Penile Sensory Changes After Plaque Incision and Grafting Surgery for Peyronie's Disease

Plaque incision and grafting (PIG) for Peyronie's disease (PD) is not devoid of complications such as erectile dysfunction and penile sensory changes.

To define the rate and chronology of penile sensation loss after PIG surgery and to define predictors of such.

The study population consisted of patients with PD-associated penile curvature who underwent PIG surgery with at least 6 months of follow-up. Demographics and PD factors were recorded. Patient had preoperative assessment of penile sensation and deformity. Postoperative follow-up occurred at 1 week, 1 month, 6 months, and 1 year after surgery. Neurovascular bundle elevation was conducted with loupe magnification.

Penile sensation was evaluated with a biothesiometer and graded on a patient-reported visual analog scale (0-10) in which 0 defined a completely numb area and 10 defined perfect sensation. The degree of sensation loss was defined as extensive (any 1 area >5 cm), major (2-5 cm), and minor (≤2 cm). The penile sensation loss distribution was defined as focal (1 site) or diffuse (>1 site).

63 patients were analyzed. Mean age was 56 ± 10 years. Mean duration of PD at the time of PIG was 15 ± 7 (12-38) months. 75% had curvature alone, and 25% had hourglass/indentation deformities. Mean primary curvature was 64˚ ± 28˚. The mean operation duration was 3.5 ± 1.8 hours. 21% had some degree of sensation loss at 1 week, 21% at 1 month, 8% at 6 months, and 3% at 12 months. Only 1 patient (1.5%) at 2 years continued to have extensive sensation loss on the glans and distal shaft with a very elevated sensitivity threshold. Using multivariable analysis, the only predictor of penile sensation loss ≥6 months was a duration of operation >4 hours (odds ratio = 2.1; 95% confidence interval = 1.2-3.0; P < .01).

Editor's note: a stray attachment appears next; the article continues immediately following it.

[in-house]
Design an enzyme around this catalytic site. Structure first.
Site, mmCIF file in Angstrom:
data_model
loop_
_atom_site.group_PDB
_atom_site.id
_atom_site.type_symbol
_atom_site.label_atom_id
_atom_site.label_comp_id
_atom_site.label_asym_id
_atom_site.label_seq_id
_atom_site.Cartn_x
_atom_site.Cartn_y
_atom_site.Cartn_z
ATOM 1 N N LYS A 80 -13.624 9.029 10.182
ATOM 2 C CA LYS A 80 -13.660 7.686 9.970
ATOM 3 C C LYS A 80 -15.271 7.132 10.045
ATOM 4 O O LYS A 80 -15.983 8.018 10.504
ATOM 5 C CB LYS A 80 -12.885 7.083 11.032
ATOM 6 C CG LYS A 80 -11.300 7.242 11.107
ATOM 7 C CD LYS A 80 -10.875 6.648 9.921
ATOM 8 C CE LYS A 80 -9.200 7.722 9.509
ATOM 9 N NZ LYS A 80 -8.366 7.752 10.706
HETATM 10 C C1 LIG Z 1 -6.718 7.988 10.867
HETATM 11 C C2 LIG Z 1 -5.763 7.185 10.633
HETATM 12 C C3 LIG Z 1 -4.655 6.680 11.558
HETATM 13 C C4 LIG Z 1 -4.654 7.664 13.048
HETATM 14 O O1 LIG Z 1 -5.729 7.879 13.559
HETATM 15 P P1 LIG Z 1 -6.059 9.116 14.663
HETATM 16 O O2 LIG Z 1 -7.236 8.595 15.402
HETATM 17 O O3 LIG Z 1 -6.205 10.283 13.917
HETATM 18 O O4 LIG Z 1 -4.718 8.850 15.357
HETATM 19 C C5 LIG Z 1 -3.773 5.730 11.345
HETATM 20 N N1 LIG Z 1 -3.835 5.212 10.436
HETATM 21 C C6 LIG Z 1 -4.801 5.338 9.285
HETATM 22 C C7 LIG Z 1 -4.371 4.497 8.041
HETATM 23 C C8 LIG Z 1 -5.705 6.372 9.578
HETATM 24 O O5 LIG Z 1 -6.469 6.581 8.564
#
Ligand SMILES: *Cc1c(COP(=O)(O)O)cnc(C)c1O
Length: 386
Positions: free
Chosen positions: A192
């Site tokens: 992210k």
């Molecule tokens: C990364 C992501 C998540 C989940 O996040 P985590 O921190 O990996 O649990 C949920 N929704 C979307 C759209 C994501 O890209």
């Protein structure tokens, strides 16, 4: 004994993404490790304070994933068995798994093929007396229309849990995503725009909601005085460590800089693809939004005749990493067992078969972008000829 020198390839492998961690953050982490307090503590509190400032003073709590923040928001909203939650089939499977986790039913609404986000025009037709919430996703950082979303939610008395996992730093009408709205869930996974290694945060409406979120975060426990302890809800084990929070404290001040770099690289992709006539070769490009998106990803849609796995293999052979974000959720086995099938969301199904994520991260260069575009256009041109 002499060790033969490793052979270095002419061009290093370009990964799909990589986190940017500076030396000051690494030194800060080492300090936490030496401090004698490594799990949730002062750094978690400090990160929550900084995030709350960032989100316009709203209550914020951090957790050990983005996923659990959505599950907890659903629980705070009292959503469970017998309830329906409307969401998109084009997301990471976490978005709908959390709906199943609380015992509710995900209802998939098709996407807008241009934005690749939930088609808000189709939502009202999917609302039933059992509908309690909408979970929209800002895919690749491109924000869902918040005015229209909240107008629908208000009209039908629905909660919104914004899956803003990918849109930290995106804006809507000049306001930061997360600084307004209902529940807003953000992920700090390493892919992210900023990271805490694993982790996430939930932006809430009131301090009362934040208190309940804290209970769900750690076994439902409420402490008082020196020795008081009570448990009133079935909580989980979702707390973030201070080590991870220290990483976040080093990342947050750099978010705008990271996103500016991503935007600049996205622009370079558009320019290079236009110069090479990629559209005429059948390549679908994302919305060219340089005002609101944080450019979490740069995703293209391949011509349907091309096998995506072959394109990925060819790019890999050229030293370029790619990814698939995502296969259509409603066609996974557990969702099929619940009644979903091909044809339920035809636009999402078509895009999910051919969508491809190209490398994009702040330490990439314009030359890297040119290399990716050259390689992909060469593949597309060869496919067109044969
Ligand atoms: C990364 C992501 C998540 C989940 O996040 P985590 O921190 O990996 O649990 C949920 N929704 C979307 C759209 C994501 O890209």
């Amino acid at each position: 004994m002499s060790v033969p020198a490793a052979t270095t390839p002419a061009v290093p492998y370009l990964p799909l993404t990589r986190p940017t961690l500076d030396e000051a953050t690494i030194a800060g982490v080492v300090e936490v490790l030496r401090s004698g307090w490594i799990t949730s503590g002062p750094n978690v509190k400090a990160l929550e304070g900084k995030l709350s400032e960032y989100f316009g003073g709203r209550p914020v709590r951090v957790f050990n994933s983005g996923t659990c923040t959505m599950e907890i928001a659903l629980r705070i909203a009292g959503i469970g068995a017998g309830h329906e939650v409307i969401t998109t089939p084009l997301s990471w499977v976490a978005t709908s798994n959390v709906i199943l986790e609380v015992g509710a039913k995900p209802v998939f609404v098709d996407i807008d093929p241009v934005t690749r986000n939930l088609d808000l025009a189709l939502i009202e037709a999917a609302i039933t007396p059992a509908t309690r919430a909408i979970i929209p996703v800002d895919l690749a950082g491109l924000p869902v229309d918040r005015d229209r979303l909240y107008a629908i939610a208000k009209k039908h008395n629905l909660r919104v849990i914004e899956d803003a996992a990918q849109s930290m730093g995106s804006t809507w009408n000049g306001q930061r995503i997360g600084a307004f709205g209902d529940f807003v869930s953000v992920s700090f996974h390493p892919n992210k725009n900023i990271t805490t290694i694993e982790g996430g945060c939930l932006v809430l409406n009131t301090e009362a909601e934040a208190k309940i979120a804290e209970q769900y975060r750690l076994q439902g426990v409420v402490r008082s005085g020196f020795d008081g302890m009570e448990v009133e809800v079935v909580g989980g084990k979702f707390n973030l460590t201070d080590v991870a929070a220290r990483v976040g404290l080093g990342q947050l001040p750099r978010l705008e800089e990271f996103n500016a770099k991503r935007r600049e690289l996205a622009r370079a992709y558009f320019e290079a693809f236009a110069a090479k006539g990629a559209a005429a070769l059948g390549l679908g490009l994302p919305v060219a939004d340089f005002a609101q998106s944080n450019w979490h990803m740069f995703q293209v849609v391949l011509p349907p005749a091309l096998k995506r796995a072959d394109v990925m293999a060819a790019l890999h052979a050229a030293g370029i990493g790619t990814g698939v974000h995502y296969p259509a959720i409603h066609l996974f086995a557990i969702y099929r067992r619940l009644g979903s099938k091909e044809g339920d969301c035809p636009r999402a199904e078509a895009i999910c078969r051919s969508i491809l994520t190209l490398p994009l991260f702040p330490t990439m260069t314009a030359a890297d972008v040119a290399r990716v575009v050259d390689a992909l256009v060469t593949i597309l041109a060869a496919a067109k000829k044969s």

The study highlights the need during patient consent to discuss penile sensation loss. Patients should be informed that rates of penile sensation loss ranges from 2-30% and most patients will have complete resolution of any sensation loss within one year of follow-up.

To our knowledge no other studies have described the chronology and severity of penile sensation following PIG, our study demonstrates the utility of biothesiometry in measuring penile sensation before and after PIG. Number of patients and absence of control group represent a limitation.

Sensation loss is not uncommon after PIG surgery. It decreases in frequency and severity with time with only rare cases occurring >12 months. Longer operations appeared to be more likely associated with sensation loss. Terrier JE, Tal R, Nelson CJ. Penile sensory changes after plaque incision and grafting surgery for Peyronie's disease. J Sex Med 2018;XX:XXX-XXX.

The journal of sexual medicine. 2018 Sep 05 [Epub ahead of print]

Jean E Terrier, Raanan Tal, Christian J Nelson, John P Mulhall

Male Sexual and Reproductive Medicine Program, Urology Service, Department of Surgery, Memorial Sloan-Kettering Cancer Center, New York, NY, USA., Department of Psychiatry and Behavioral Sciences, Memorial Sloan-Kettering Cancer Center, New York, NY, USA., Male Sexual and Reproductive Medicine Program, Urology Service, Department of Surgery, Memorial Sloan-Kettering Cancer Center, New York, NY, USA. Electronic address: .


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